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Study: How Narrative Relationships Overcome Empathic Bias: Elizabeth Gaskell's Empathy across Social Difference

Study: How Narrative Relationships Overcome Empathic Bias: Elizabeth Gaskell's Empathy across Social Difference | Empathy and Compassion | Scoop.it

Modern and historical scholarship on empathy has consistently demonstrated that people are more likely to empathize with those who are similar to themselves. This empathic bias for similarity means that the affective bonds and ethical motivations that accompany empathy are significantly diminished in relationships with outgroups, as defined by sociological difference. I argue that narrative empathy is uniquely capable of circumventing the similarity bias through compositional strategies related to foregrounding and perspective.

 

Turning to modern research on reading as well as to accounts of reading in the nineteenth century, I propose a two-part argument: first, that the act of reading can overcome the bias that scholars have observed in relationships between people and, second, that narrative empathy has the potential to prevent future cases of bias by reconfiguring readers' criteria for similarity.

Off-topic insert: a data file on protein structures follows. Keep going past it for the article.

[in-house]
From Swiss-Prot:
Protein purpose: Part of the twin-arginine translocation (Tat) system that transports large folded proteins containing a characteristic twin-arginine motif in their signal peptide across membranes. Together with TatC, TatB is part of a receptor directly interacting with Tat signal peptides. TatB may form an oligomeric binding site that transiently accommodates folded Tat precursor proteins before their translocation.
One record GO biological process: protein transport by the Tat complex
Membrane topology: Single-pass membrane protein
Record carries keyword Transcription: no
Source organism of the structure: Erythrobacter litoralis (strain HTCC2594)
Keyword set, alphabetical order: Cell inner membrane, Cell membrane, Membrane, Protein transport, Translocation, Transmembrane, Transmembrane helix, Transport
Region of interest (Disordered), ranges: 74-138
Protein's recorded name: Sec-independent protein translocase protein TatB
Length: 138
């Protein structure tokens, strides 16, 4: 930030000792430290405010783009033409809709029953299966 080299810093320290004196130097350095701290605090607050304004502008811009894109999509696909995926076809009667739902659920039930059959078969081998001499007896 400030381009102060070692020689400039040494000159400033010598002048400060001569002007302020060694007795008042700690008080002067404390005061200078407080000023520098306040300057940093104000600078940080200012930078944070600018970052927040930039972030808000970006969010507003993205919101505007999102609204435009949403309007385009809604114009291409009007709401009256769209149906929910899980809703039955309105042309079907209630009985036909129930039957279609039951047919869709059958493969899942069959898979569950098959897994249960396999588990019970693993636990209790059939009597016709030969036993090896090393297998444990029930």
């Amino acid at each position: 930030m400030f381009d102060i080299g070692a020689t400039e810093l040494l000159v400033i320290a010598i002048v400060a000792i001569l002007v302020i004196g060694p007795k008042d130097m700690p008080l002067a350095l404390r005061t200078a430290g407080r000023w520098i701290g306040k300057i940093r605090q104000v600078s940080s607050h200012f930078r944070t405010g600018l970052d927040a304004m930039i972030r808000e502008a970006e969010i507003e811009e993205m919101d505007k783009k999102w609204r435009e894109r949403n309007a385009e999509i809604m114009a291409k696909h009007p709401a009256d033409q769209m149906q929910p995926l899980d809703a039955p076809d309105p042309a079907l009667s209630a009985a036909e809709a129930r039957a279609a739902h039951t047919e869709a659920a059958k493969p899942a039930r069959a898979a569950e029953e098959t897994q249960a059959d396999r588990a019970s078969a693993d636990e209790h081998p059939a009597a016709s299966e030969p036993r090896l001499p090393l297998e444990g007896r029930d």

Mary-Catherine Harrison

 

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Empathy and Compassion
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To Newspaper Front Page: All Sections

To Newspaper Front Page: All Sections | Empathy and Compassion | Scoop.it

Empathy Cafe Magazine Front Page


Visit the individual magazines specifically for empathy and;

*   Main Page All
*   Animals
*   Art
*   Compassion

*   Compassionate Communications (NVC)

*   Curriculums
*   Education
*   Empaths

*   Empathy Quotes

*   Empathic Design - Empathy in Human-Centered Design (New!)
*   Health Care

*   Justice

*   Self-Empathy & Self-Compassion
*   Teaching - Learning
*   Work 

*   etc.


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Edwin Rutsch, Editor